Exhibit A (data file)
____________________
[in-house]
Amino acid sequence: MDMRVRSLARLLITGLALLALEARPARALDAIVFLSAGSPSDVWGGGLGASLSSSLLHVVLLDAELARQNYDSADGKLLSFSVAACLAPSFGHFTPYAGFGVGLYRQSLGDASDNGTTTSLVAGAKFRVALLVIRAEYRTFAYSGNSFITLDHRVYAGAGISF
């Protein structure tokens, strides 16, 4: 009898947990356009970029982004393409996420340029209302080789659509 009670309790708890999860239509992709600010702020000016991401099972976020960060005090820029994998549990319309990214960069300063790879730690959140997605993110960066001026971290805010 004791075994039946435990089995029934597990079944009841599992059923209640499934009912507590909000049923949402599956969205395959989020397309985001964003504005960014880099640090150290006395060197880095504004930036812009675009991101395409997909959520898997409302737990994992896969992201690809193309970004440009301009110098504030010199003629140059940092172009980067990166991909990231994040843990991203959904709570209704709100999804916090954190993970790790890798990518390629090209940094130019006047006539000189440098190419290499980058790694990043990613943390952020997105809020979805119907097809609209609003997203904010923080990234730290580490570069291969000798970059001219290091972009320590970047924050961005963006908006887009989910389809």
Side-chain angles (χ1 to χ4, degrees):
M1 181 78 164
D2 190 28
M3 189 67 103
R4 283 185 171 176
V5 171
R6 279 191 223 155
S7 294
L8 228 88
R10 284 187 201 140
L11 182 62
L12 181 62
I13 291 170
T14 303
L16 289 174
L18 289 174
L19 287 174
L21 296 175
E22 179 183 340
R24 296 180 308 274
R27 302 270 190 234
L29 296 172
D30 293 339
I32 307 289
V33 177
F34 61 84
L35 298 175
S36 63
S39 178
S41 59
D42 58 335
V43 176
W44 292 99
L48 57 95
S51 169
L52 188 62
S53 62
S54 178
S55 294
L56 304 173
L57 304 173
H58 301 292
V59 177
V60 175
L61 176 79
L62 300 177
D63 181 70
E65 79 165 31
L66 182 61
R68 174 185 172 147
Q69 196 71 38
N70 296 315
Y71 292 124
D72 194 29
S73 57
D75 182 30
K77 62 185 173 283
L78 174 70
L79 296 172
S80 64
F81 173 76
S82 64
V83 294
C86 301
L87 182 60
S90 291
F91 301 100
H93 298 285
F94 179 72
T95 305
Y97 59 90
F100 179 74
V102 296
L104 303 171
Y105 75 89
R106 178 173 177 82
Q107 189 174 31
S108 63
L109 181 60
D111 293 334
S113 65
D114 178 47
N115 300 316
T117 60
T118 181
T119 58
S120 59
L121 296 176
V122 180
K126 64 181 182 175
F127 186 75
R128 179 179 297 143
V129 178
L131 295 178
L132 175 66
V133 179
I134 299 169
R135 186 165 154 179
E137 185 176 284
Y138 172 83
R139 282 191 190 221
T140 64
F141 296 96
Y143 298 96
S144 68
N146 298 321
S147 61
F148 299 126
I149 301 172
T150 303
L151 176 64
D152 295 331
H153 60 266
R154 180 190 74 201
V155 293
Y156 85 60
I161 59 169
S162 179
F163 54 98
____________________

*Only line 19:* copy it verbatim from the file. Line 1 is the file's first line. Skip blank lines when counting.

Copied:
L18 289 174